By Una Connolly, vice president of safety and environmental compliance, ARTBA

The Occupational Safety & Health Administration (OSHA) July 13 announced it is delaying enforcement of the anti-retaliation provisions in its new injury and illness tracking rule to Nov. 1 from the original date of Aug. 10.

The full rule, which was issued in May and takes effect Jan. 1, 2017, allows OSHA to post these employment records on the Internet. ARTBA has voiced concerns about creating such public access to sensitive employer data. In the past, most data of this type was aggregated and made available to the public in a broad sense.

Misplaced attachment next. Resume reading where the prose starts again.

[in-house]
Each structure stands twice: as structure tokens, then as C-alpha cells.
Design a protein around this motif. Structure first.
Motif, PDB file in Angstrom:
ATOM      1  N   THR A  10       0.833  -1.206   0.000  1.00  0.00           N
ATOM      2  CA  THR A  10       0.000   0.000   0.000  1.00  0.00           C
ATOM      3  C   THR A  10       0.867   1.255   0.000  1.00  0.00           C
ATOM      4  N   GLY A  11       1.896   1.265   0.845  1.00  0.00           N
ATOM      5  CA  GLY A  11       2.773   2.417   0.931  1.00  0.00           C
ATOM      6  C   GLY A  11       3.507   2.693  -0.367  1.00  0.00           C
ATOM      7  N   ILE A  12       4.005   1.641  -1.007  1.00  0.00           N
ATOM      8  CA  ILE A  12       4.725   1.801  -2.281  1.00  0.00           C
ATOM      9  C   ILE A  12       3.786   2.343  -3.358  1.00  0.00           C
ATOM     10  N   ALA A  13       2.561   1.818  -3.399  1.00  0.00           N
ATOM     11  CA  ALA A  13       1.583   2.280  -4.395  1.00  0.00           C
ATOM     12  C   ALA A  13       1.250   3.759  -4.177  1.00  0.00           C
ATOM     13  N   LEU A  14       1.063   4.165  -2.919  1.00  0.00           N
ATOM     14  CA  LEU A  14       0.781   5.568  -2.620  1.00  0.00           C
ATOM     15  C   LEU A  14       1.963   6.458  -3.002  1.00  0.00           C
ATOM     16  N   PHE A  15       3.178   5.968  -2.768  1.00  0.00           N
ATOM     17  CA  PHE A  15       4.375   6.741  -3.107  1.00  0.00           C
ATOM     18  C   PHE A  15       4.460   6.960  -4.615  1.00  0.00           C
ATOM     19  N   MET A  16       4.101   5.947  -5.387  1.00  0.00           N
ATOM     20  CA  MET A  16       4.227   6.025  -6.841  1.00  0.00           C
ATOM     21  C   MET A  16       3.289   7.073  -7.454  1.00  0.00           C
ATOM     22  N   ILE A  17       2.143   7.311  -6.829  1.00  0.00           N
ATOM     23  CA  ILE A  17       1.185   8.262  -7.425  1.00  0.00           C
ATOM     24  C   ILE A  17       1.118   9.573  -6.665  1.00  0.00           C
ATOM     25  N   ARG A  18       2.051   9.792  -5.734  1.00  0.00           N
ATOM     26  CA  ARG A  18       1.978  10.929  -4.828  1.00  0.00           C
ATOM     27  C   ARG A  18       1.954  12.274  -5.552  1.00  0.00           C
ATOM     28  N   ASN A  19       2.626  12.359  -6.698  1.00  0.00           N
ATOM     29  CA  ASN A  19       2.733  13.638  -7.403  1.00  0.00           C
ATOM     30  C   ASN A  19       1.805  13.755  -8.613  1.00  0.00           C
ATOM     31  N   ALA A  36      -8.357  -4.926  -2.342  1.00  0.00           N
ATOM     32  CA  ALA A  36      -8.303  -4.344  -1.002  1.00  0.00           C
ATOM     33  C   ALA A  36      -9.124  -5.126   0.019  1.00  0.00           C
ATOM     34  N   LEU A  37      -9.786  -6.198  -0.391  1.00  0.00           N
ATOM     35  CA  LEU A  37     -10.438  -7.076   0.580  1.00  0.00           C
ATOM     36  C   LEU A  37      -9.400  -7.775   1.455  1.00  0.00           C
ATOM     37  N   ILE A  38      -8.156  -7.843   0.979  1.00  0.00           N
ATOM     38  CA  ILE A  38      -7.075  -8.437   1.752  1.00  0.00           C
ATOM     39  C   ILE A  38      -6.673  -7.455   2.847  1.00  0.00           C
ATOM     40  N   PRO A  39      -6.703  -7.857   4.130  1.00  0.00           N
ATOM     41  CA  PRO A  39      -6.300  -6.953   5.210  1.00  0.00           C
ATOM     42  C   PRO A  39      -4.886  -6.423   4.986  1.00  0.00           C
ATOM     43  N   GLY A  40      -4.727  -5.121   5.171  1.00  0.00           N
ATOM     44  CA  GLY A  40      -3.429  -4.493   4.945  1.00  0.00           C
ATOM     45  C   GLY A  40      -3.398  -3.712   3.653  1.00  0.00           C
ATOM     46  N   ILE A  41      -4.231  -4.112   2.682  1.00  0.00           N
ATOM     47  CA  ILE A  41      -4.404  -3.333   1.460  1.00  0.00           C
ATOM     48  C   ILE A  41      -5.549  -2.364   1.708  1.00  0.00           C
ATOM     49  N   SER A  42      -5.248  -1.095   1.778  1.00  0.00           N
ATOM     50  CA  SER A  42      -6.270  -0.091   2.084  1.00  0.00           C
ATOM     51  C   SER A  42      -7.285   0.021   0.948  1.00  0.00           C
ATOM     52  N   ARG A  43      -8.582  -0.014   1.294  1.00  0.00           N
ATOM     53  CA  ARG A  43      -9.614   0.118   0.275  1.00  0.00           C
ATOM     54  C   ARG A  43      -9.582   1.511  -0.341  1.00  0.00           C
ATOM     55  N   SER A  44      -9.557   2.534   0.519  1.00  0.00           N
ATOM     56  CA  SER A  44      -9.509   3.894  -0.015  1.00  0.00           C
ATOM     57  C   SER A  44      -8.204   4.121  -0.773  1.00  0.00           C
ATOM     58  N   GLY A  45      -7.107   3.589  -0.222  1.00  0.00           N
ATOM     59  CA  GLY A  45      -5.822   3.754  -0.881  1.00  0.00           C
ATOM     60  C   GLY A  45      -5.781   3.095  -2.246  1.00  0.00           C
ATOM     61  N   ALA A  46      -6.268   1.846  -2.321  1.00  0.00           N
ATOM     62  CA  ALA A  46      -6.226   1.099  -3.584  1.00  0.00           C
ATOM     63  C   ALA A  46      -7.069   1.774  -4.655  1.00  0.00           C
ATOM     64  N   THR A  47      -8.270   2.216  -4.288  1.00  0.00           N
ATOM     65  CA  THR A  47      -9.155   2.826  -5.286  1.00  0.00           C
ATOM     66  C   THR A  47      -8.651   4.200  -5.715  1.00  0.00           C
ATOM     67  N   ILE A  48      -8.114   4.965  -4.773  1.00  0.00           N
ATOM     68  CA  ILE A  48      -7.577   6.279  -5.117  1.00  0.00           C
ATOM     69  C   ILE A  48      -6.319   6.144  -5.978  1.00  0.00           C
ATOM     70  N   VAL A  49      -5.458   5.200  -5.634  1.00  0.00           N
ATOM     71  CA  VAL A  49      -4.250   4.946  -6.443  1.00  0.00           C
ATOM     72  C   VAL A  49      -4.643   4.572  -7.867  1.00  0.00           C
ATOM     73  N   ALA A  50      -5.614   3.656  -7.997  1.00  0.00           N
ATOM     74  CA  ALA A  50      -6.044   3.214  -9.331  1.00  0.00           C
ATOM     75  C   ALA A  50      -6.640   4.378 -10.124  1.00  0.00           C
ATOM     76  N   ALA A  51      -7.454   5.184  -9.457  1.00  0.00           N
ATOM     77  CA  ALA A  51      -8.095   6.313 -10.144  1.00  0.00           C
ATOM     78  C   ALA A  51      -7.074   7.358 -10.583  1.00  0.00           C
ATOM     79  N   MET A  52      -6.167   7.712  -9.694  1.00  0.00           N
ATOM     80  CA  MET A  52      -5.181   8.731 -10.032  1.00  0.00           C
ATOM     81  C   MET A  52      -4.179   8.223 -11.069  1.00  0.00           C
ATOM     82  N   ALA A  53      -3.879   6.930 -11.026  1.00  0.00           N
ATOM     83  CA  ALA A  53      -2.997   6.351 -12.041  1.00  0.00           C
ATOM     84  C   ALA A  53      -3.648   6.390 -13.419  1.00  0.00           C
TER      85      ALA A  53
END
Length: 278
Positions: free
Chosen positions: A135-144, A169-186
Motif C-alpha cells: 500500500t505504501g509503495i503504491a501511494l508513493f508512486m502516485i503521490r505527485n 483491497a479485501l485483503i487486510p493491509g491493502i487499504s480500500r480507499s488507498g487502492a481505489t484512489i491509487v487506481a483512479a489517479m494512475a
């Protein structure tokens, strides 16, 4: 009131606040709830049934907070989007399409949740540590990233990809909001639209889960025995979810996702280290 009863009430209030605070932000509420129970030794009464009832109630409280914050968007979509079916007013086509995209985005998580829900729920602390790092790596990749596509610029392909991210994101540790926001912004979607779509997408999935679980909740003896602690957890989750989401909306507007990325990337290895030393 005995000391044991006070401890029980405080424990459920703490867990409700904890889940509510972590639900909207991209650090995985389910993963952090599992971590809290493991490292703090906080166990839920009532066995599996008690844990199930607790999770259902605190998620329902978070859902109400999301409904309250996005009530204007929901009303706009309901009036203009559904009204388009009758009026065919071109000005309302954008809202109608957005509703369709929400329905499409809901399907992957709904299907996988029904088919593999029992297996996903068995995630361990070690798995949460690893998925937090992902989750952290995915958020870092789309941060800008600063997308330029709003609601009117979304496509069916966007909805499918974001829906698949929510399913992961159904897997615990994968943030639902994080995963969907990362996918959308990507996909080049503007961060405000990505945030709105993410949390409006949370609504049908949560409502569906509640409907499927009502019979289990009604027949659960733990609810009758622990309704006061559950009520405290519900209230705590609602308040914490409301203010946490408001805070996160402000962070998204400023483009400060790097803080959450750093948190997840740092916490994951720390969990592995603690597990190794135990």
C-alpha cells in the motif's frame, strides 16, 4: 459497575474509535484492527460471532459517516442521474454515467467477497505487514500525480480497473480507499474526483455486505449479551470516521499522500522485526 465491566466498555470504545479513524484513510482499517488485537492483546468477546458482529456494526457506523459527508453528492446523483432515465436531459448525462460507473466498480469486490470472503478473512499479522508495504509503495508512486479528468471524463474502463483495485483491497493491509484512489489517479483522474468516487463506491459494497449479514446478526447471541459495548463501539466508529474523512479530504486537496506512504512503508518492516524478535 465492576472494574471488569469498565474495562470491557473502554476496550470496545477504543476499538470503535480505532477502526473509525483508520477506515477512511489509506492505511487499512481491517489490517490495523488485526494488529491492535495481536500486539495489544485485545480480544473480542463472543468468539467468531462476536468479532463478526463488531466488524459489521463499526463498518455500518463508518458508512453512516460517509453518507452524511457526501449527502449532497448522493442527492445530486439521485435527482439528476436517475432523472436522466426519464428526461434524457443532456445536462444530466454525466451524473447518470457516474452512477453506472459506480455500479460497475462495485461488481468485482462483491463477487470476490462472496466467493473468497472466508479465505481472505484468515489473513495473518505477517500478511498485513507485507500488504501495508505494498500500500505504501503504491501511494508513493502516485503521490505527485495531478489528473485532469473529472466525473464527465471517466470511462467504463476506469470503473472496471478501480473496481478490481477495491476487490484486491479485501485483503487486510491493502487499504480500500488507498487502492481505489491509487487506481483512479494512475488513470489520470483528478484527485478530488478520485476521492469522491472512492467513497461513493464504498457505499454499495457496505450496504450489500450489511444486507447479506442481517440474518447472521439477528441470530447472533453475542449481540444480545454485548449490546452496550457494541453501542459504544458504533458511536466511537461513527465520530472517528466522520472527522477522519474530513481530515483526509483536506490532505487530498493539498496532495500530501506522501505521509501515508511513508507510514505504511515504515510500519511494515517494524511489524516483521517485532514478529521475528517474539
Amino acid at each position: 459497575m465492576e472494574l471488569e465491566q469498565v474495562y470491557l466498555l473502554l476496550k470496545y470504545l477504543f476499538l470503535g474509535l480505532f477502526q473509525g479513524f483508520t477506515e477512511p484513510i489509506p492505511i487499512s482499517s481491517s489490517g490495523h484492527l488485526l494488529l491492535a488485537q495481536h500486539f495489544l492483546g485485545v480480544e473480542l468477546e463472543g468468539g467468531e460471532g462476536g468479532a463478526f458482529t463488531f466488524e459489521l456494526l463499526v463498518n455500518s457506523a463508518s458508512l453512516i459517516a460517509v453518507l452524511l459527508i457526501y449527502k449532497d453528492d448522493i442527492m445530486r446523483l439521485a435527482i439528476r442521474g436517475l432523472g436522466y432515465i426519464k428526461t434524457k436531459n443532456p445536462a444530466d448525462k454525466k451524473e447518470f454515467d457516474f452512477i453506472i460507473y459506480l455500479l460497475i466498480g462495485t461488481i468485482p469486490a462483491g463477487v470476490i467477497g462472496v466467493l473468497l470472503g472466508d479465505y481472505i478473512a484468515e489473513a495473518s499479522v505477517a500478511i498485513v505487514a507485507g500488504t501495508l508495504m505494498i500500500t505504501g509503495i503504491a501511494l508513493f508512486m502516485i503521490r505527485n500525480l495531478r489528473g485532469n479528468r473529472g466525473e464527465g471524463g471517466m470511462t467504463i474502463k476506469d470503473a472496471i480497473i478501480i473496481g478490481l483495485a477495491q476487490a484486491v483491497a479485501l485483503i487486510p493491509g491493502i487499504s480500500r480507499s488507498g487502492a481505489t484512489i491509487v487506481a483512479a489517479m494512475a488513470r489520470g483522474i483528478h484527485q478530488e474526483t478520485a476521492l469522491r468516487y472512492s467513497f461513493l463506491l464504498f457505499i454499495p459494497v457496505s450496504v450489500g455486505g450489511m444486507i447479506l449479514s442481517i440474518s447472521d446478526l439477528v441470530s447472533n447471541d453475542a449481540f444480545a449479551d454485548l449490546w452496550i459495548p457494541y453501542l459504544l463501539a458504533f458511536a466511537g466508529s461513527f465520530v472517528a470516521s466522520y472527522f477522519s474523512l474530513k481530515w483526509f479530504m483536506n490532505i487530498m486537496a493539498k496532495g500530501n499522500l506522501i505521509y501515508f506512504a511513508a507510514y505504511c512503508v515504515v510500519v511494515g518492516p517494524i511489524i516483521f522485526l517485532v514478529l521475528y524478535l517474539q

OSHA says it “believes that public disclosure will encourage employers to improve workplace safety and provide valuable information to workers, job seekers, customers, researchers and the general public.”

Under the new rule, OSHA is granting itself the authority to issue a citation if the agency believes an employer has suppressed an employee from reporting an injury, regardless of whether an employee has filed claim.